Simply put, there's a big difference between letting players participate in general, cartoonish violence (which is easily distinguishable from reality and fact) and sexual violence that depicts the victims as enjoying the act of rape. When such depictions are rendered acceptable, you'll have ignorant fools who actually believe that women actually enjoy being violated and this hyperreality alone is more dangerous than any impact that violent games like Grand Theft Auto could ever have on society.

In any case, the government isn't banning this -- the software organization that promotes video games in Japan, which is voluntary, I might add is taking a stance against these games because they bring down the reputation of video gaming in general. You'd know this if you bothered to read the article instead of raging against 'the man' or some unrelated nonsense.

That's all I have to say on the matter.

Matt Sloan
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I also agree with Andre.

Spending resources to try to regulate individuals' decisions is usually ineffective and wasteful. Just look at the war on drugs.

@Tommy - There are plenty of violent acts that most people would not consider "justified". Take a look at Postal or Manhunt. A lot of people that play GTA spend most of their time running around beating up old ladies. Obviously these aren't actions that we want to encourage people to do in real life, but you have to look at the costs/benefits of implementing a law to reduce certain individuals' choices.

Andrew Heywood
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> What is the moral difference between letting players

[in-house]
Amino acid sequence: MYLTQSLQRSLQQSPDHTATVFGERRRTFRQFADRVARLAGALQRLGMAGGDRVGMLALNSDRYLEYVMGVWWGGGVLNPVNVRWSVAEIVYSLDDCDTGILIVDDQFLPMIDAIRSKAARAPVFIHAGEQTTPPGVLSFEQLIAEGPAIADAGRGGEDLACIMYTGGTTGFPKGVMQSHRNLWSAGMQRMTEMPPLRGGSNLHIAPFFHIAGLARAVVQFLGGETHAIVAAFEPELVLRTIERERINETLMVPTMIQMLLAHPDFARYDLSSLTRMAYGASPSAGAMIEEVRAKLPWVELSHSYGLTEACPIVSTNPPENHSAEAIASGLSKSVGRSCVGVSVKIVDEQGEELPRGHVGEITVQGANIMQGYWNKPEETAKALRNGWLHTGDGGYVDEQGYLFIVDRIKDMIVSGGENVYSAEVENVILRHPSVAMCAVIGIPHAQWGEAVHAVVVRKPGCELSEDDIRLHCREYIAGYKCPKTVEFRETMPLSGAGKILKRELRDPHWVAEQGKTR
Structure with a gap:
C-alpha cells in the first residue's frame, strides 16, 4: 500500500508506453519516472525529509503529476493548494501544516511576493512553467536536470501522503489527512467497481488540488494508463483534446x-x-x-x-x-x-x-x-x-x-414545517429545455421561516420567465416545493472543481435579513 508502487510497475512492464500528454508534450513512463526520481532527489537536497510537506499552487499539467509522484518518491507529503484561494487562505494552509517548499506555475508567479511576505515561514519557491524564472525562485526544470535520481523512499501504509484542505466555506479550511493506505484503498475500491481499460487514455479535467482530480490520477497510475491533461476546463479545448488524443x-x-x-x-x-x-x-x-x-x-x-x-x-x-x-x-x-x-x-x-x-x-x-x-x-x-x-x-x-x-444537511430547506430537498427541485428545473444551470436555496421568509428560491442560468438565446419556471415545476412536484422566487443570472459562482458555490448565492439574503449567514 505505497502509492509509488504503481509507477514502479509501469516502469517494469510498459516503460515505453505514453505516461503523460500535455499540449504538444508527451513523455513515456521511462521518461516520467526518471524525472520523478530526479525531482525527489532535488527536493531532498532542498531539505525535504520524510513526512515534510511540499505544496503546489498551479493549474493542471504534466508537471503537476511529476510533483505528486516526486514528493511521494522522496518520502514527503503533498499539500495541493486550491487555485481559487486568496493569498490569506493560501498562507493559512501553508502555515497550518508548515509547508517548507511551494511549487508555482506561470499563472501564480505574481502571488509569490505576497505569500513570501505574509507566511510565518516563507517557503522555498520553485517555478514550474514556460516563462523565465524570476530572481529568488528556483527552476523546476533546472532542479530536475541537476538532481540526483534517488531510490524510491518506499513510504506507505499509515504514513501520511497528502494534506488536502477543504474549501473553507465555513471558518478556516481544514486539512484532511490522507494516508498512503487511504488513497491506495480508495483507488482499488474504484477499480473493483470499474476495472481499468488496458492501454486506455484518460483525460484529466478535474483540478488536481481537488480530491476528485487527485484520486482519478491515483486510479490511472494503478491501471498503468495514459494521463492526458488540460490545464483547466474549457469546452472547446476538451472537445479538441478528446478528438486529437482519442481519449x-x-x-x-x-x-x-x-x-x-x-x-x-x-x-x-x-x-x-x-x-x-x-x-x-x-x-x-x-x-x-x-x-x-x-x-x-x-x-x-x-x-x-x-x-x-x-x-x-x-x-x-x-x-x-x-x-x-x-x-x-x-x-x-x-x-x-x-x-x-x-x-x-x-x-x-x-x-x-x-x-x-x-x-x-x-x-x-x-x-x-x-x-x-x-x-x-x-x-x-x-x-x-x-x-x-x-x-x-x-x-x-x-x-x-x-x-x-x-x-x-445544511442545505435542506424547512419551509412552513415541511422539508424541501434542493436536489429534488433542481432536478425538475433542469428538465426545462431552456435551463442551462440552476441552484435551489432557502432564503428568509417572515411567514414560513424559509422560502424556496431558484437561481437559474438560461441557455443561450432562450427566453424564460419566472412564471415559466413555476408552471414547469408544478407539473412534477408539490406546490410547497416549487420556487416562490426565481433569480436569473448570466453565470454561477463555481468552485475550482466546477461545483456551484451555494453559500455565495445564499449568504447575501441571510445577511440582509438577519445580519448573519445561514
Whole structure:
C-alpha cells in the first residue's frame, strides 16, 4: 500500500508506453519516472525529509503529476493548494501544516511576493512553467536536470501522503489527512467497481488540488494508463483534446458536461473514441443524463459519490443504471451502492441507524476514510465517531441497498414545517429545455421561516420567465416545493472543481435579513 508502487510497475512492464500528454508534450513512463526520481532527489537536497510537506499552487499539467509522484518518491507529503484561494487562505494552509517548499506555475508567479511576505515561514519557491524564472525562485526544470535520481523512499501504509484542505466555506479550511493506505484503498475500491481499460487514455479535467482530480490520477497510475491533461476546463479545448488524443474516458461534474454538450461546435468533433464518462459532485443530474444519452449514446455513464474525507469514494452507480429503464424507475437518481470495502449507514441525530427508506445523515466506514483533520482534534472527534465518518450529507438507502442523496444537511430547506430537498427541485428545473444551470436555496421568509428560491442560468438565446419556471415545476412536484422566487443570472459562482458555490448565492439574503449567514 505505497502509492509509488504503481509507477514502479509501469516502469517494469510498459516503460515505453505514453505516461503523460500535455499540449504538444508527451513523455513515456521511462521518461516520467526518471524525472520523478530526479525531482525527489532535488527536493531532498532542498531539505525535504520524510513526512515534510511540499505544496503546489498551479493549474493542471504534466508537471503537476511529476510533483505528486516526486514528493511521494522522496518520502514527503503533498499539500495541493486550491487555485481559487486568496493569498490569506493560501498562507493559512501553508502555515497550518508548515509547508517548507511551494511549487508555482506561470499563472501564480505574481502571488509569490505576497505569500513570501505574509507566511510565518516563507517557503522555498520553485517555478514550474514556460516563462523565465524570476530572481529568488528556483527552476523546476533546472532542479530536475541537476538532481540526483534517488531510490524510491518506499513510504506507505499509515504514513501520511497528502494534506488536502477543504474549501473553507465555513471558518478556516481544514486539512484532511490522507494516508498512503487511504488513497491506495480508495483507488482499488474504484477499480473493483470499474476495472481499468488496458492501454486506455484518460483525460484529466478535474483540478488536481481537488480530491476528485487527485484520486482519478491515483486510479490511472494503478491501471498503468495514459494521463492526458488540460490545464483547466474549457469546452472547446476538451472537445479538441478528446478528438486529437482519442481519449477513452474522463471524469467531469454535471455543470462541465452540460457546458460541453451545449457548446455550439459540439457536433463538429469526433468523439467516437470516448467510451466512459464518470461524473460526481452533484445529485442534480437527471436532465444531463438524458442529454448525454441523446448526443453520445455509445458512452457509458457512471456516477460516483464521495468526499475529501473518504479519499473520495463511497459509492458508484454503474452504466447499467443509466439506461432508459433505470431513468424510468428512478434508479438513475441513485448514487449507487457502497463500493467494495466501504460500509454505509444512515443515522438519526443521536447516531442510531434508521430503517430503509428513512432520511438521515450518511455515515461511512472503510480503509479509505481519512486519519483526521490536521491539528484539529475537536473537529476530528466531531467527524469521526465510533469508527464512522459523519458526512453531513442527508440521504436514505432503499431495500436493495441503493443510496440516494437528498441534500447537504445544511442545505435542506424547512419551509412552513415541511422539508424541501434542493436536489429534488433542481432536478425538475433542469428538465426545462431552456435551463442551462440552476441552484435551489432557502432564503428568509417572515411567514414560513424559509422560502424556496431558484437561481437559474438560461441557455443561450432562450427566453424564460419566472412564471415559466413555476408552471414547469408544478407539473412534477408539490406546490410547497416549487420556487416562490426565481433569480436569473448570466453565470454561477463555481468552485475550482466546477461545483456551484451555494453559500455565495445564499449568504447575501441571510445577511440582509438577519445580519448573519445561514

> participate in general violence and sexual violence?

Hmmm... Not entirely sure what my thoughts are here. But how about: What's the moral difference between a game in which you can have sex with an adult and one in which you can have sex with a toddler? Clearly in such matters there is a line which can be crossed, and not everything can be blanket-classified under the same banner, be it 'violence' or 'sex'.

I think Tommy's point above has _some_ merit, but there's plenty of examples of violence in games which is not self defence or otherwise altruistic.

Frank Smith
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Free speech doesn't mean you should say everything you can, it means you should say what you want. What gives a particular rights group the ability to say I don't like this get rid of it? Video games often portray activities that are illegal, killing, drugs, theft, people play these games and the world hasn't torn itself apart yet, so if your argument is that this game will lead to people being hurt or raped then your fooling yourself. If you just don't like the idea that a product would depict women being hurt, therefore I shall ban it, then that is the worst kind of censorship. If you personally don't like something then don't partake. That's the great thing about the entertainment business, there's a wide variety of products for difference audiences, kids and all types of adults. Personally when I heard of this game I didn't view it as a game, more along the lines of interactive pornography, not my particular cup of tea, so no thanks for me, but that doesn't mean that since I don't agree with it it should be outlawed.